Of Crumbís graphic influences, I will cite two that I think are worth mentioning. The first and most obvious is, of course, Basil Wolverton. Wolvertonís six volume, Bible Story is a retelling of the Old Testament written and illustrated by him. It is a classic in its own right and, in my opinion, the best thing Wolverton ever did. The way that it specifically influences Crumb here is that, on some level, the Wolverton style is one of many things that has influenced Crumbís drawing style all along. I also think that Wolvertonís version of the Old Testament may have been one of the things that influenced Crumb to take on this project. But I also think that too much should not be made of this as their actual approaches to the material are as different as they are similar.
In terms of Wolvertonís distinct shading style, this is a clear case where Crumb caught that ball and ran with it. Crumbís use of deep shading in this book surpasses anything the great Wolverton ever did in that department. In fact, over and above the many merits of Crumbís Genesis, I would say that it would make an excellent book for anyone (myself included) who wanted to learn more about the advanced mysteries of pen and ink shading.
The other interesting influence Iím seeing in this book is the work of Joe Sacco, whose book, Palestine, would also be on my greatest comic books of all time short list. Crumbís placing of balloons and captions, I feel, owes something to Saccoís subtle innovations along these lines. But there is also something of Saccoís clean drawing and shading that seems to be lurking around in there too. Certainly, more than once, I caught myself thinking of Sacco while reading this book.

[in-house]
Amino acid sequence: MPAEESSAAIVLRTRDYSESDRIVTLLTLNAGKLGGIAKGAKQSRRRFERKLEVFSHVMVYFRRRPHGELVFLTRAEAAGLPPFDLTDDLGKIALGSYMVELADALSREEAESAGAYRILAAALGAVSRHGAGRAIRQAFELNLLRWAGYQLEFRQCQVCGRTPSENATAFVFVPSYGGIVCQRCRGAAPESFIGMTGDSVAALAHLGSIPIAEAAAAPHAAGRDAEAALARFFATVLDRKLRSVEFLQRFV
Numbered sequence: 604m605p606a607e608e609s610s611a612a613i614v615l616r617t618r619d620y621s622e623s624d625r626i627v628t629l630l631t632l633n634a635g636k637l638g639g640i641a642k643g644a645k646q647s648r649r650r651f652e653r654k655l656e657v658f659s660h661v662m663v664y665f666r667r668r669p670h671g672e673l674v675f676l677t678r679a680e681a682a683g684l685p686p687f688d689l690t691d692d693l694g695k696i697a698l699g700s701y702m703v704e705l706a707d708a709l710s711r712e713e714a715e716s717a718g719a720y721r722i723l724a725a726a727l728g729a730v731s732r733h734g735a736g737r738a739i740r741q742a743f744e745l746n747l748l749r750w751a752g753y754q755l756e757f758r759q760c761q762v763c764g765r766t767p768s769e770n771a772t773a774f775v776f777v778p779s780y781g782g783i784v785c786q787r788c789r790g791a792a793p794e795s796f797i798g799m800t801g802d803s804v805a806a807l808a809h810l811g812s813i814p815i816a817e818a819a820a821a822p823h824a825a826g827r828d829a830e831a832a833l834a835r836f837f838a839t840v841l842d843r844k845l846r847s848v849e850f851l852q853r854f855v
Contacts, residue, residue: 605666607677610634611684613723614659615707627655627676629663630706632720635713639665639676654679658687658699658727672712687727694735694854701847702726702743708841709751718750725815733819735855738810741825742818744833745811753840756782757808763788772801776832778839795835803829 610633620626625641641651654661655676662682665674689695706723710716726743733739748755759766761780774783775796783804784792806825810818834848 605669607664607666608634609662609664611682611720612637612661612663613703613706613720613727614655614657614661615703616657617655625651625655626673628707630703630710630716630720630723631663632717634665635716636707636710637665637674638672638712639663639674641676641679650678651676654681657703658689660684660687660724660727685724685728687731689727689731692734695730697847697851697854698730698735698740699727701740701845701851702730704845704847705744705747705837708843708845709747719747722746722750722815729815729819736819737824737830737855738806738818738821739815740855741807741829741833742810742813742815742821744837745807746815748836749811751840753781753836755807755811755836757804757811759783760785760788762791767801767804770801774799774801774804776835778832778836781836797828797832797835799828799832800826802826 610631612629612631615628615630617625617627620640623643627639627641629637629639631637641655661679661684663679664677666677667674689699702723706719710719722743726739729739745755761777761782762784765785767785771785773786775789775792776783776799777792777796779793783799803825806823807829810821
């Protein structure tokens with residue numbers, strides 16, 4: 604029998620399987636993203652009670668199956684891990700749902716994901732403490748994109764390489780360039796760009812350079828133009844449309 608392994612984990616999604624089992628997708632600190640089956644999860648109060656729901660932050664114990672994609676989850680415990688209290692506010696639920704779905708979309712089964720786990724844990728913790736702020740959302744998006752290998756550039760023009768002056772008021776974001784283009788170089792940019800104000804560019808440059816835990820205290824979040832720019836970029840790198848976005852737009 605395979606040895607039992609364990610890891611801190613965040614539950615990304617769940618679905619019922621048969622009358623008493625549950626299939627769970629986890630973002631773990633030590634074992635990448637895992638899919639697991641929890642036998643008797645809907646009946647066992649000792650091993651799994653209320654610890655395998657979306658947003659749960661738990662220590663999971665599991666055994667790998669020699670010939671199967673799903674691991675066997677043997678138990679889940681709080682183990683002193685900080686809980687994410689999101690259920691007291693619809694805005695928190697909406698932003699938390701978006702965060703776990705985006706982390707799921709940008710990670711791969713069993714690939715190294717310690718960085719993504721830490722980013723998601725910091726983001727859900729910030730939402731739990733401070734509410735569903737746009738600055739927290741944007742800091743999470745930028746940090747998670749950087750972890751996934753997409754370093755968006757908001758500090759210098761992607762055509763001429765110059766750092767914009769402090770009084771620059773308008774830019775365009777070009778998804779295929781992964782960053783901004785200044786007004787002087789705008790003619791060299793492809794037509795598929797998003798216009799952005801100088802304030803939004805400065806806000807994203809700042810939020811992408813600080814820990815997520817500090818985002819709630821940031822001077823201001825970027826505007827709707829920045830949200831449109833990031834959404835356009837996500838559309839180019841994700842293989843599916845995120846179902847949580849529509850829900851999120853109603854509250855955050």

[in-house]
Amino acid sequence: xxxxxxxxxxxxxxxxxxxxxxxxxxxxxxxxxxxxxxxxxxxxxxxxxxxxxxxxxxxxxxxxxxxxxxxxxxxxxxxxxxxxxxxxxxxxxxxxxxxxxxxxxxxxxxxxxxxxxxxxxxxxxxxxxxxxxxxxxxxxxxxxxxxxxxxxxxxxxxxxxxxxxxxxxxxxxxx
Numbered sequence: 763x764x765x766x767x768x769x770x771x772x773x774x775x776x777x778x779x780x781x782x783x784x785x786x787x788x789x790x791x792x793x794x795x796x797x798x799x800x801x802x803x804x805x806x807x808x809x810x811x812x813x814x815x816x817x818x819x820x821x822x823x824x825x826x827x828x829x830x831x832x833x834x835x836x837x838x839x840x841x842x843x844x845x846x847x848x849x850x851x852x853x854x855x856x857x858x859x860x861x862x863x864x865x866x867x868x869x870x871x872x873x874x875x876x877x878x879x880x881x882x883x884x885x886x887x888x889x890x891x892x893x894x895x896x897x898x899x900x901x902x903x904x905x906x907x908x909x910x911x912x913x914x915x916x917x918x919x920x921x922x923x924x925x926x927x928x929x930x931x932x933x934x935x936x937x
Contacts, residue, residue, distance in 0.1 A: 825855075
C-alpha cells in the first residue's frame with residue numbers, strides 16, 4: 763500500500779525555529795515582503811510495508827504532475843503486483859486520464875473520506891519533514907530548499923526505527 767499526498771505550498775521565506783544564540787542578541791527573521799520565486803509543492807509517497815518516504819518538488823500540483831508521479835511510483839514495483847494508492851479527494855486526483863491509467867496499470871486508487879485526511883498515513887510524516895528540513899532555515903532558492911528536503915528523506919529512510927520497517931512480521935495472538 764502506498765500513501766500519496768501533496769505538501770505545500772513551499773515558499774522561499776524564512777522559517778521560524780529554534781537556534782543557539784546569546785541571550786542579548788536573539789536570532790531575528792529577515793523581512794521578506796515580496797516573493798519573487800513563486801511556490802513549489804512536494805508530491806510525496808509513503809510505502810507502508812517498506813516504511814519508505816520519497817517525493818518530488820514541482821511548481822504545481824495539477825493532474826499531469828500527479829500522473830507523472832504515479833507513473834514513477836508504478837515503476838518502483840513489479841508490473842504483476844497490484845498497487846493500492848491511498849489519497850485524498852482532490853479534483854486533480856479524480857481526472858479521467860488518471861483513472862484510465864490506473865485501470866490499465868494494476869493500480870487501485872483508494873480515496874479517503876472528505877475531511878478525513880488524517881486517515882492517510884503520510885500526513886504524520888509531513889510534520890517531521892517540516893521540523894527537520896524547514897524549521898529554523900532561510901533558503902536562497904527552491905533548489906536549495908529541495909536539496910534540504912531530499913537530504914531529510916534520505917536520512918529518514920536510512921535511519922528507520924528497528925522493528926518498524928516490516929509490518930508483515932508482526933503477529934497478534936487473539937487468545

I would also like to say something more general about the influence of the Bible on art throughout history. Itís there, itís pervasive and if one did not learn about the Bible and the stories in it in any other way, you couldnít help learning something about it just from the study of art history of the last thousand or so years. I donít think it was Crumbís intention to focus a comparison of his work with historyís great masters of art, but now that his version of Genesis is here, comparisons are unavoidable. But I believe Crumb holds his own rather well in such comparisons.
I donít know if Crumb intends to continue on illustrating the Bible or even if he should, but it wouldnít bother me in the slightest if he did. This book is a crowning achievement in a long worthy career that has had remarkably few false steps in it. His appearance in the world of words and pictures had a remarkable clarifying effect on the world of art as it existed forty odd years ago. He cut through a world of bullshit and almost single handedly influenced any number of artists for the better raising the bar as he did.
I experienced it first hand. Whatever sort of artist I may happen to be, I know Iím a better one than I would have been because of his inspiring example. The art he has consistently produced over the years has been astonishing and the example of personal integrity that he has displayed in the face of all the usual snares that are thrown in the way of gifted and exceptional individuals is one well worth following.
His version of Genesis is a book I never expected to see. Itís a damn miracle of a book. Iím glad Iíve lived to experience and enjoy it and I whole heartedly recommend it.
(from Mineshaft #25, May, 2010)
The Book of Genesis Illustrated by R. Crumb was published in the U.S.A. & the U.K. by W.W. Norton & Co. in autumn, 2009 ($24.95). Almost simultaneously it has been translated into French, German, Italian and many other languages and is being published around the world.